Directional Antenna Stands Tall

When you think of directional ham radio antennas, you probably think of a Yagi, cubical quad, or a log-periodic antenna. These antennas usually are in a horizontal configuration up on a high tower. However, it is possible to build beams with a vertical orientation and, for some lower frequencies, it is far more practical than mounting the elements on a boom. [DXCommander] shows us his 40 meter two-element vertical antenna build in the video below.

A typical Yagi is just a dipole with some slightly longer or shorter elements to direct or reflect the signal. A normal vertical, however, is nothing more than half of a dipole that uses the ground as the other half. So it is possible to create reflectors and directors with a vertical-driven element.

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Inside A Rubidium Frequency Standard

We think of crystals as the gold standard of frequency generation. However, if you want real precision, you need something either better than a crystal or something that will correct for tiny errors — often called disciplining the oscillator. [W3AXL] picked up a rubidium reference oscillator on eBay at a low cost, and he shows us how it works in the video you can see below. He started with a GPS-disciplined oscillator he had built earlier and planned to convert it to discipline from the rubidium clock.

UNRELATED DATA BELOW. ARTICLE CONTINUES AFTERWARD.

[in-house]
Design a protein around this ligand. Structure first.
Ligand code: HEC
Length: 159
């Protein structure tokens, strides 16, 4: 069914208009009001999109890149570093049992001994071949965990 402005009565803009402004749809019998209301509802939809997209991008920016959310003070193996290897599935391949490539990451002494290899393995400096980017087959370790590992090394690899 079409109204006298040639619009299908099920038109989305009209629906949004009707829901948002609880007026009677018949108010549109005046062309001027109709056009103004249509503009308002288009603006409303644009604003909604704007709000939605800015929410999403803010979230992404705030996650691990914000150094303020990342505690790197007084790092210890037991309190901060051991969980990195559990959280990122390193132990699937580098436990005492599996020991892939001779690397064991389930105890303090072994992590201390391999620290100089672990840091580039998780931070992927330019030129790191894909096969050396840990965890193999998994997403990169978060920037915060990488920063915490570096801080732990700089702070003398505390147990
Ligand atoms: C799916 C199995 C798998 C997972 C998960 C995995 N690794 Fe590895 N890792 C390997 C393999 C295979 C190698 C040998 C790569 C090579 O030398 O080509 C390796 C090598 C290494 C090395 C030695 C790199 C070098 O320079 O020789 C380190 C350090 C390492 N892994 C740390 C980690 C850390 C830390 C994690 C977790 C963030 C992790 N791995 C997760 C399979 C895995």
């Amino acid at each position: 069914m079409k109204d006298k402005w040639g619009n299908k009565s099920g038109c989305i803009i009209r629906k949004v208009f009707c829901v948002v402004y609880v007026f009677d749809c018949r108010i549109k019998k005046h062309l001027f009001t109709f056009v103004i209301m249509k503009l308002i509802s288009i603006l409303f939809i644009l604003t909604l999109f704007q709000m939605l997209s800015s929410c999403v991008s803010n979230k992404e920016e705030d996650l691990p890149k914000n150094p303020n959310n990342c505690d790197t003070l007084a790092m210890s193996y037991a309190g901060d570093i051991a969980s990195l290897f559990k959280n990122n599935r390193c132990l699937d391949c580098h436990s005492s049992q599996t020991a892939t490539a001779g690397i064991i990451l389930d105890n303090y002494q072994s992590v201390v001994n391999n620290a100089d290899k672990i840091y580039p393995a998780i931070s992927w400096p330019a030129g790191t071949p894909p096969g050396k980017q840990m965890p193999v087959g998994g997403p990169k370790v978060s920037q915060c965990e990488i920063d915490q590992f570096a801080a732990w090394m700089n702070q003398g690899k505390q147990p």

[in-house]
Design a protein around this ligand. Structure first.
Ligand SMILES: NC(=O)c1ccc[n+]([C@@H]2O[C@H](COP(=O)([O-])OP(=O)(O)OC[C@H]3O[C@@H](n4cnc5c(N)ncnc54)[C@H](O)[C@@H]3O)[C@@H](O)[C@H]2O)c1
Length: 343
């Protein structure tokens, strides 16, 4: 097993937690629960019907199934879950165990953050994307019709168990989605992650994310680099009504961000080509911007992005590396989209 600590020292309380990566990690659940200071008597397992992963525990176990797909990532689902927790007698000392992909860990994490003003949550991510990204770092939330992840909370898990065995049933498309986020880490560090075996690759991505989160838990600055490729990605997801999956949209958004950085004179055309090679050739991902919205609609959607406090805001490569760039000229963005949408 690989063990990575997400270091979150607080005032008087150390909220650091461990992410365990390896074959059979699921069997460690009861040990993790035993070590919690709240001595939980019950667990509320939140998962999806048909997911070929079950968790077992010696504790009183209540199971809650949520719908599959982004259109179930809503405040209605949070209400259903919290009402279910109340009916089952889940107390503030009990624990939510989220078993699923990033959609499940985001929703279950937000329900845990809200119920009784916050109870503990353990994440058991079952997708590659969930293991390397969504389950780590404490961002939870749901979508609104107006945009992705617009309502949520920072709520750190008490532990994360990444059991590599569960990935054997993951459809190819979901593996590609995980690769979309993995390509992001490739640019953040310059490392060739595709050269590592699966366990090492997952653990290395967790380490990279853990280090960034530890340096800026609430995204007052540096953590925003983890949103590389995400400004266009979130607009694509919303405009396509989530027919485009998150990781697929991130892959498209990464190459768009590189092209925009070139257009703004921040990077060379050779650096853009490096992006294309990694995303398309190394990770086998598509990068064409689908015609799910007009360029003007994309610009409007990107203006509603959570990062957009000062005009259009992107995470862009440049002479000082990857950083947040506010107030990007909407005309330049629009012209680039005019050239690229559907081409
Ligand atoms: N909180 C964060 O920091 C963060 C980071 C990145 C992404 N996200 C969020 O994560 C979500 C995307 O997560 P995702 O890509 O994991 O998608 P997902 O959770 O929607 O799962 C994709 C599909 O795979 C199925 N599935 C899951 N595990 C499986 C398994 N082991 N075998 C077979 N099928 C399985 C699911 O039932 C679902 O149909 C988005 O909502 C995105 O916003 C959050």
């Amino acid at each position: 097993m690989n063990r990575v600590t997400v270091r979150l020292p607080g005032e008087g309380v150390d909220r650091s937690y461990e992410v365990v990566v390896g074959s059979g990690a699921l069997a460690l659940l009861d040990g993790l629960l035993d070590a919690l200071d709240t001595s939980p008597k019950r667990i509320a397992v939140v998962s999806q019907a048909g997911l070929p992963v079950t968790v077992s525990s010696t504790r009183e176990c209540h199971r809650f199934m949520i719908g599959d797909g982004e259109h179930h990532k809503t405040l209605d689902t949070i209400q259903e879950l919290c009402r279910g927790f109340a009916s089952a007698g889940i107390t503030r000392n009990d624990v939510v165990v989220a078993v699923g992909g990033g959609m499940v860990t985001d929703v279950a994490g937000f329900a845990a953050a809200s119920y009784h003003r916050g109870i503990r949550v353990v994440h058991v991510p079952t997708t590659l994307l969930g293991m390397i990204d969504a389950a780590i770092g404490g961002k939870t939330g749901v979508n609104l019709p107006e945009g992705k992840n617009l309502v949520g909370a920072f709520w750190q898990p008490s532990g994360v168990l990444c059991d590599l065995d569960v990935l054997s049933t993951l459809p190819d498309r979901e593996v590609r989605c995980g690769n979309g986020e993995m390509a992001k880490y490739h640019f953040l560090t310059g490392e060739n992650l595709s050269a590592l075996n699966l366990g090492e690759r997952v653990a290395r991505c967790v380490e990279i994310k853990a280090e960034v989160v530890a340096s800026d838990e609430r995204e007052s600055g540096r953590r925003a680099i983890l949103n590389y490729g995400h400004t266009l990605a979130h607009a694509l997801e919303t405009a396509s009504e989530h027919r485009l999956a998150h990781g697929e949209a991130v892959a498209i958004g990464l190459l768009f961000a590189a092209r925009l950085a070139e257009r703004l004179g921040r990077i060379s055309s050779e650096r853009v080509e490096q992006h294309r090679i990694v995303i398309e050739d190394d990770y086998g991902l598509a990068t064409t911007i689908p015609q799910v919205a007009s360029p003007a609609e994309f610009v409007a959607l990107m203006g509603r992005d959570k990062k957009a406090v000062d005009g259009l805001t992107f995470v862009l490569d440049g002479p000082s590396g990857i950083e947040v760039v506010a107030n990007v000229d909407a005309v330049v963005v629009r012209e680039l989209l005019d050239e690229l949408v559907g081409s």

The connector looks like a D-shell connector superficially, but it has a coax connector in addition to the usual pins. The device did work on initial powerup, and using a lissajous pattern to compare the existing oscillator with the new device worked well.

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This Pogo Pin Test Fixture Keep Your SMDs From Taking Flight

There’s no denying how useful surface mount technology is, and how enabling the ability to make really small circuits has become. It comes at a price, though; most of us probably know what it’s like for the slightest wrong move to send a part the size of a grain of sand into another dimension.

To help make testing these parts a little easier, [IMSAI Guy] has come up with this clever little SMD test fixture. It’s designed to hook up to another custom board, which in turn connects to a wonderful old Hewlett-Packard 4275A LCR meter. The jig is based on two pogo pins mounted directly across from each other on a scrap of single-clad PCB. The spring-loaded contacts, which short together when not in use, are pulled apart to load an SMD part, like the 1-μH inductors shown in the video below. The pins hold the component firmly and make good electrical contact, allowing hands-free testing without the risk of an errant touch of the test probes sending it flying.

While the test fixture works well for larger SMDs, we could see this being a bit fussy for smaller parts. That would be easy enough to fix with perhaps some 3D-printed arms that retract the pogo pins symmetrically, holding them open until the part is loaded. A centering fixture might help too, as would a clear shield to contain any parts that get the urge to go for a ride. But, for the tactical application [IMSAI Guy] has in mind, this sure seems like enough.